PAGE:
BoysAreLikeDogs Mon 01-Aug-11 20:20:21

oh love sad

it so so hard; folk say tis a phase (which it IS) but you still have to endure it

what doesn't kill you makes you stronger

or summat

Keep buggering on [channels Churchill]

EricNorthmansMistressOfPotions Mon 01-Aug-11 20:56:21

Will he get sweet again? sad

Oh that's not fair, he is sweet some of the time. But the rest...angry

BoysAreLikeDogs Mon 01-Aug-11 20:58:35

yes he will, I promise

Besom Mon 01-Aug-11 21:08:52

I just posted today about my 3.2 year old throwing tantrums in the street/shops/anywhere to cause maximum mortification. This is a very recent development as well and prior to this was extremely well behaved and generally compliant.

Nothing has changed in her life at all that I can think of.

Whoever repliled to me said don't beat yourself up and so I'll say the same to you because it's true. It is very hard though. I felt very upset earlier today so I know where you're coming from.

EricNorthmansMistressOfPotions Mon 01-Aug-11 22:29:59

Thank you both! It's good to know I'm not alone.

timetosmile Mon 01-Aug-11 22:33:36

Have a look in the 'toddler' thread of the parenting section.....makes you realise at least a dozen others could have written a pretty similar post to you!
Have a brew or a wine
And keep your chin up!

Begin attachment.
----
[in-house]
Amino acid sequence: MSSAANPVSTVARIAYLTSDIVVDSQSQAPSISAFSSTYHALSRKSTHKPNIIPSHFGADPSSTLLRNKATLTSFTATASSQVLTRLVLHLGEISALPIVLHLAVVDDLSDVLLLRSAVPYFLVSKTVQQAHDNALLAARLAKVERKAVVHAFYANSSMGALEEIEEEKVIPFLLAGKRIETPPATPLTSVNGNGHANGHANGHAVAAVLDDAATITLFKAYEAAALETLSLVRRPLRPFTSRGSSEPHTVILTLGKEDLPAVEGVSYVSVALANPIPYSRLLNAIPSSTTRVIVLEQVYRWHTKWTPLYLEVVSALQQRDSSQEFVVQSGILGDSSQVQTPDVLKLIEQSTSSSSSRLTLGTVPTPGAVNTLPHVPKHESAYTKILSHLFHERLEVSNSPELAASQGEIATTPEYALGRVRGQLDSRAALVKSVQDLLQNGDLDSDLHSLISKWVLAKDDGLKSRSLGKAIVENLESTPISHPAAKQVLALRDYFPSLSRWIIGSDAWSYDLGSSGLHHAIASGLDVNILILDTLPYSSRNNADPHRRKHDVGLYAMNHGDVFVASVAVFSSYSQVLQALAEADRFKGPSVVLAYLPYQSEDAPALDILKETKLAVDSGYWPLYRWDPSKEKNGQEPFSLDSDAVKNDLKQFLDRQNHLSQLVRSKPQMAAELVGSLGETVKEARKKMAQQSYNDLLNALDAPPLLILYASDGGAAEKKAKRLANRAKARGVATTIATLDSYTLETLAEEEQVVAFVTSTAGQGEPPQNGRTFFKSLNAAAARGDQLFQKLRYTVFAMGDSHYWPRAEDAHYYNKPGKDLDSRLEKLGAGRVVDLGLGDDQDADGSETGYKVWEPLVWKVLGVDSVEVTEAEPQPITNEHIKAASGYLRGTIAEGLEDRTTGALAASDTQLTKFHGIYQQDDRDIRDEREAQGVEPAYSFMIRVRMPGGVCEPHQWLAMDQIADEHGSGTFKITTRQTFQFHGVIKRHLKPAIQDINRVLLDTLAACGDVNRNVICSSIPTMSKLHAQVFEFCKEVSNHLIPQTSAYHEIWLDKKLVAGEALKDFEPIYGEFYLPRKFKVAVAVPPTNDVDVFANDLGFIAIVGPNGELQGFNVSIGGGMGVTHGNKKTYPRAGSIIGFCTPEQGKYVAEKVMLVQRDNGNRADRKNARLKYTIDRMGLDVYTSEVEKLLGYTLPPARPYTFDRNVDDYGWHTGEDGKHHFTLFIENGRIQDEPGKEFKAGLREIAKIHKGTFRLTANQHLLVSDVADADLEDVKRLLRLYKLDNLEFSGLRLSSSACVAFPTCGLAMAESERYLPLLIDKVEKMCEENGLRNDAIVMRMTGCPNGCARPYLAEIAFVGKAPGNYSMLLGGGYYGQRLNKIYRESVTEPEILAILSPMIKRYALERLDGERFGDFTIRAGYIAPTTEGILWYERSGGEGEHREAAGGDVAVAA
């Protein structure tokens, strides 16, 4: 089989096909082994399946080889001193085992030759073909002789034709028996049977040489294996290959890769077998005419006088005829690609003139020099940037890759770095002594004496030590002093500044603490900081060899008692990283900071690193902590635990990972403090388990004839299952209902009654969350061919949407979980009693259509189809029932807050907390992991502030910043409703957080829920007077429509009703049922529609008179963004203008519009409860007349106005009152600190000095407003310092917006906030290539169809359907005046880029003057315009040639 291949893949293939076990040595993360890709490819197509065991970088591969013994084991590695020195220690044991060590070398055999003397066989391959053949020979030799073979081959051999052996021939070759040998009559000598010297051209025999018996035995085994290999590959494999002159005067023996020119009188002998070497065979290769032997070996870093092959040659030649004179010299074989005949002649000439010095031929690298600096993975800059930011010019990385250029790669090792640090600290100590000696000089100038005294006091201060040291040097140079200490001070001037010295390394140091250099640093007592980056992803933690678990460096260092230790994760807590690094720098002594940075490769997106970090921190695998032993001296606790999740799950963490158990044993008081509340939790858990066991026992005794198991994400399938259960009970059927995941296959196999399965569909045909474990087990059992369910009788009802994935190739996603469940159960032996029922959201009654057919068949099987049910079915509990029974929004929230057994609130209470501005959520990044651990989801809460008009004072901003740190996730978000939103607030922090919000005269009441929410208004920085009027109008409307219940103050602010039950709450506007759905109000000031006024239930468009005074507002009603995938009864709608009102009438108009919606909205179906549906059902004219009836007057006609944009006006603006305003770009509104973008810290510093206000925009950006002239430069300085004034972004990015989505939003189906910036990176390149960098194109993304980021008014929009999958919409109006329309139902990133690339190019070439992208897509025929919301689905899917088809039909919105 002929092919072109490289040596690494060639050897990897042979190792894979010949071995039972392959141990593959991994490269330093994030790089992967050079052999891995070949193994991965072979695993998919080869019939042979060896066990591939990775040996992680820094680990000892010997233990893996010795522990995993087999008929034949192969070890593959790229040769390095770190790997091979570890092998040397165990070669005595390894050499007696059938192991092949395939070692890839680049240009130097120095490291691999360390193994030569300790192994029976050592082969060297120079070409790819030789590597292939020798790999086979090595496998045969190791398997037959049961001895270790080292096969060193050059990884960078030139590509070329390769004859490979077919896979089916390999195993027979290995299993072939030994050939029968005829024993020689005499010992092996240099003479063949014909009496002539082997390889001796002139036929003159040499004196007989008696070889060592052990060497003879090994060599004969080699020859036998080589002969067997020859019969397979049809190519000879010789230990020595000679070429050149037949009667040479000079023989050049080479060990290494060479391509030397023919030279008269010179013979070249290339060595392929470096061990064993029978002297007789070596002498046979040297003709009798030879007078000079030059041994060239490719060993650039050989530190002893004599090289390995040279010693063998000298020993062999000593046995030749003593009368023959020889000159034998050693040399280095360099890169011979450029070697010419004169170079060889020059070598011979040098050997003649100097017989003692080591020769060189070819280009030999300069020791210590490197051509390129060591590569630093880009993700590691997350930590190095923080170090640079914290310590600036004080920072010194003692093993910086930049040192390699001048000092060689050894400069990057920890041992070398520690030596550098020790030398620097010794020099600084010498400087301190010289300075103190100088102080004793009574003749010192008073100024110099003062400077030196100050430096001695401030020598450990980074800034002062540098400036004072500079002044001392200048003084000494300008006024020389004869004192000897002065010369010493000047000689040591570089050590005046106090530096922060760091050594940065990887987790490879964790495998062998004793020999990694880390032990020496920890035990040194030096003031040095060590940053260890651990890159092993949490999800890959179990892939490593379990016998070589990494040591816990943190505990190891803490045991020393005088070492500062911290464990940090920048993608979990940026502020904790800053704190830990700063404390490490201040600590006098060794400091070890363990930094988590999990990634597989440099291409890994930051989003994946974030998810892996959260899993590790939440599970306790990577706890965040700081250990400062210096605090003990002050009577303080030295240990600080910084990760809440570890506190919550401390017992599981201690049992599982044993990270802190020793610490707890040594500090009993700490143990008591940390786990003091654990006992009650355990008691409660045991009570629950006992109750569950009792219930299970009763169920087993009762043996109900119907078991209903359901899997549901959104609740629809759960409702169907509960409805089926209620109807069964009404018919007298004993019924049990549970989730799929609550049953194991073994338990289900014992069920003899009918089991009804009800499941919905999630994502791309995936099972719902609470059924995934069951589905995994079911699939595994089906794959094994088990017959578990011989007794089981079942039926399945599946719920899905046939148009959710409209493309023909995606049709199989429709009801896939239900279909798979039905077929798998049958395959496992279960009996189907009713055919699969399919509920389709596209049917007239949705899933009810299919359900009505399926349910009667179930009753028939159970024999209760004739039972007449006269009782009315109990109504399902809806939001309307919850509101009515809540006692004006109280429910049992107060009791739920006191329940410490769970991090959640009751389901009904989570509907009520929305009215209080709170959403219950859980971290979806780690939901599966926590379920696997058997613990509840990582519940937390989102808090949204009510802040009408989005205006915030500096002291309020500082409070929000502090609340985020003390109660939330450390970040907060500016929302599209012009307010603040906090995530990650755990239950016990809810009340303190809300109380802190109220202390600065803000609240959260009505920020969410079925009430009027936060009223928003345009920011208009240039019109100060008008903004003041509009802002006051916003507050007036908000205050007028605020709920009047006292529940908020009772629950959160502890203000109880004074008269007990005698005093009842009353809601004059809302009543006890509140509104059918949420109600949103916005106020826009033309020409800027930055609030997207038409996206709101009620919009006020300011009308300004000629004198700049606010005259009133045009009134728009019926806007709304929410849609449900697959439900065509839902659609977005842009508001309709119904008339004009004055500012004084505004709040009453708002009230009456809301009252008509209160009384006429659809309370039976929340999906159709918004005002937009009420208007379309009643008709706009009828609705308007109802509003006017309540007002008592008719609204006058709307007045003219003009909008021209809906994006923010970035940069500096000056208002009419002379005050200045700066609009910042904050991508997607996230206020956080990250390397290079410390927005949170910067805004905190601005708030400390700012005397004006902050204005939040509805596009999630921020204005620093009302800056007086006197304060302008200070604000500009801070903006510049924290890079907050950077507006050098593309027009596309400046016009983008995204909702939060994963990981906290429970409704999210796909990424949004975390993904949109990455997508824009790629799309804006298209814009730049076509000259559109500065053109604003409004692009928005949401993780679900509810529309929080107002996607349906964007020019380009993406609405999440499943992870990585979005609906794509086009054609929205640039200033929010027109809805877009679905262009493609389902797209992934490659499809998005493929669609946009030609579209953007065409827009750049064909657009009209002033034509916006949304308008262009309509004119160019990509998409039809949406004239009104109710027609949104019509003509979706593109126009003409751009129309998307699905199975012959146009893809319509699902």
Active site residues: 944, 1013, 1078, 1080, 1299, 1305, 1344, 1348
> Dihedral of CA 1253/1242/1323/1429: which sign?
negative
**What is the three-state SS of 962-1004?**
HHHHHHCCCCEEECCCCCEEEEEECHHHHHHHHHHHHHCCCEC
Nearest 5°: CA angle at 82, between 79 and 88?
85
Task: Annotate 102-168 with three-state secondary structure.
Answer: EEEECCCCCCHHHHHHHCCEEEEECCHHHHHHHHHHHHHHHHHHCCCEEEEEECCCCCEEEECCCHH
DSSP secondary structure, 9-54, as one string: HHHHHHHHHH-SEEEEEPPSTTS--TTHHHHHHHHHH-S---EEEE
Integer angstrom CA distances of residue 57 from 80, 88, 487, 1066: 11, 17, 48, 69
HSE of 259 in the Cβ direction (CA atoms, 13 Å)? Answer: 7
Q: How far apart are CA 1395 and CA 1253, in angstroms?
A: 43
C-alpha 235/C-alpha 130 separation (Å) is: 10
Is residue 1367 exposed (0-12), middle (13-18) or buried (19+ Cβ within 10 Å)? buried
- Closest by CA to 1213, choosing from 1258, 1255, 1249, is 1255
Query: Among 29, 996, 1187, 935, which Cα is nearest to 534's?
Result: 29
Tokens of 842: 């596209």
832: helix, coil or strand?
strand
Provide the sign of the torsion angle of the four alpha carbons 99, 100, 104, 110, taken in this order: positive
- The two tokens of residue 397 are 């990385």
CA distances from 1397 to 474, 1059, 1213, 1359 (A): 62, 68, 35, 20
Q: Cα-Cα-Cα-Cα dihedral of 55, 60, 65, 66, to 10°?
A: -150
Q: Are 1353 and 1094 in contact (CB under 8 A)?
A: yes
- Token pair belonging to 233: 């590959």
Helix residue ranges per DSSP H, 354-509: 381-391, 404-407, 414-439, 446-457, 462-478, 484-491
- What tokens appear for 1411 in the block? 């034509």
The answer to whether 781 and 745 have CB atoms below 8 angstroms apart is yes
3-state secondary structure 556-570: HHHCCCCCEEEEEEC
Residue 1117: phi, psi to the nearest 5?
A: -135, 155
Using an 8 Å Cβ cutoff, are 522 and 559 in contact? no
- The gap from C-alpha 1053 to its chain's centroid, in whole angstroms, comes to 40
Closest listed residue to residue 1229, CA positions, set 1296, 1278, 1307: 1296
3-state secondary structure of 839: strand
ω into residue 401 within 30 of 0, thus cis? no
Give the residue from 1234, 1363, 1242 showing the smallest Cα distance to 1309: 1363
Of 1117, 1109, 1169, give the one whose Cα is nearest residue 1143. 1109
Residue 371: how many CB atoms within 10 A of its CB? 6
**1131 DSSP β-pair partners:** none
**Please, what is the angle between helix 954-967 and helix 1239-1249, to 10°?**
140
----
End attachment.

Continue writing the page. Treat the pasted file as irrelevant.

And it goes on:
kid Mon 01-Aug-11 22:45:23

I had exactly the same thing with my DS when he was almost 3. He literally went from being a happy child to a naughty so and so!
It does get easier over time but while you are going through it, it is unbearable.

DS is now 9 and I compare him to a stroppy teenager! He is very sweet, caring and affectionate but only while he is getting his own way. When he doesn't get his own way, he will shout, strop, moan ect but then he realises he still isn't getting his own way so will go off and sulk for a while.

Apprently they completely grow out of it, when they are 20! Just another 11 years for me then grin

But seriously, I was advised to ignore bad behaviour and use positive language to enforce good behaviour. So, tell him 'If you put your shoes on, we can go to the park' rather then 'if you don't put your shoes on, we won't go park'
I was amazed at how much negative language I was using, it was like I was constantly threatening not to this or that! It was really easy to switch too but only after I was given this advice by a very wise MNer.

Jesusgirl Mon 01-Aug-11 23:16:15

It must be the age! My dd 2+7, started playing up a bit. Refusing to say please or sorry.

What works really well for her are sticker charts. We put one up on the fridge and gets rewarded for good behaviour. It works like magic.

I did the shouting and scolding and lots of punishment with ds and it only made matters worse. Now I've learnt to reward good behaviour which encourages more good behaviour. Choose what naughty behaviour to give attention. Ignore if possible. For example if he starts to roll on the floor, make sure he's safe and won't hurt himself and then walk away. Come back a minute or 2 later and ask calmly ' would you like to read a book' or whatever he likes if he says no, ignore again and walk away. The minute he stops the tantrum, tell him what a good boy he is for stopping and give him a sticker.

Soon he'll realise he doesn't get any attention by being naughty but he gets rewarded for being good.

It must be hard for him with all the changes going on around him and I know somehow you feel bad about it but try not to over compensate. Love him and let him always feel secure in that love but make sure there're set boundaries.

Hope everything works out well for you.